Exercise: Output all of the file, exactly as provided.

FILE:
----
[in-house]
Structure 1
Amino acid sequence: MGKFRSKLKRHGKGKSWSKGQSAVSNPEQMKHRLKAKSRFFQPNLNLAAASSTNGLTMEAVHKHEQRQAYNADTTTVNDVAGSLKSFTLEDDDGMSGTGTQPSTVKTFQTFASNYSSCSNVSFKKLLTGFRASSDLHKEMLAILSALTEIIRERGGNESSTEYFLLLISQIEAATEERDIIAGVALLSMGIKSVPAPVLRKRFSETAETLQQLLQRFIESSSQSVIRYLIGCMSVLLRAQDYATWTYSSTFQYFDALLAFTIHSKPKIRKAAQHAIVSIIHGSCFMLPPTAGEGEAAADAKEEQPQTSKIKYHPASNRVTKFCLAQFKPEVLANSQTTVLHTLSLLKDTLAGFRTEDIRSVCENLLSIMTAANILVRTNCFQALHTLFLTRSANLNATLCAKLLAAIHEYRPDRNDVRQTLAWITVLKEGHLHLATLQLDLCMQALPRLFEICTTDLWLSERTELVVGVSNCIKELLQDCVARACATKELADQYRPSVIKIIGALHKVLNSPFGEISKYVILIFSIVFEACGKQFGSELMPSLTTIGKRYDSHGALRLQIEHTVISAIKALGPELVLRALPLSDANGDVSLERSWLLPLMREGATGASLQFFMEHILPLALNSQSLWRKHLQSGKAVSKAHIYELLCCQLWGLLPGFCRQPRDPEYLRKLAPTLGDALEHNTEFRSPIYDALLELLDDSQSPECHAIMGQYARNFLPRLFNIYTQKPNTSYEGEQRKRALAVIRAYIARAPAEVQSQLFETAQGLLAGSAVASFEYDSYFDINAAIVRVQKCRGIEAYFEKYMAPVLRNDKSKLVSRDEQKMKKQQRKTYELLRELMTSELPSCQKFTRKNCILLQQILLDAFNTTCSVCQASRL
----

[in-house]
Structure 1
Amino acid sequence: MGKFRSKLKRHGKGKSWSKGQSAVSNPEQMKHRLKAKSRFFQPNLNLAAASSTNGLTMEAVHKHEQRQAYNADTTTVNDVAGSLKSFTLEDDDGMSGTGTQPSTVKTFQTFASNYSSCSNVSFKKLLTGFRASSDLHKEMLAILSALTEIIRERGGNESSTEYFLLLISQIEAATEERDIIAGVALLSMGIKSVPAPVLRKRFSETAETLQQLLQRFIESSSQSVIRYLIGCMSVLLRAQDYATWTYSSTFQYFDALLAFTIHSKPKIRKAAQHAIVSIIHGSCFMLPPTAGEGEAAADAKEEQPQTSKIKYHPASNRVTKFCLAQFKPEVLANSQTTVLHTLSLLKDTLAGFRTEDIRSVCENLLSIMTAANILVRTNCFQALHTLFLTRSANLNATLCAKLLAAIHEYRPDRNDVRQTLAWITVLKEGHLHLATLQLDLCMQALPRLFEICTTDLWLSERTELVVGVSNCIKELLQDCVARACATKELADQYRPSVIKIIGALHKVLNSPFGEISKYVILIFSIVFEACGKQFGSELMPSLTTIGKRYDSHGALRLQIEHTVISAIKALGPELVLRALPLSDANGDVSLERSWLLPLMREGATGASLQFFMEHILPLALNSQSLWRKHLQSGKAVSKAHIYELLCCQLWGLLPGFCRQPRDPEYLRKLAPTLGDALEHNTEFRSPIYDALLELLDDSQSPECHAIMGQYARNFLPRLFNIYTQKPNTSYEGEQRKRALAVIRAYIARAPAEVQSQLFETAQGLLAGSAVASFEYDSYFDINAAIVRVQKCRGIEAYFEKYMAPVLRNDKSKLVSRDEQKMKKQQRKTYELLRELMTSELPSCQKFTRKNCILLQQILLDAFNTTCSVCQASRL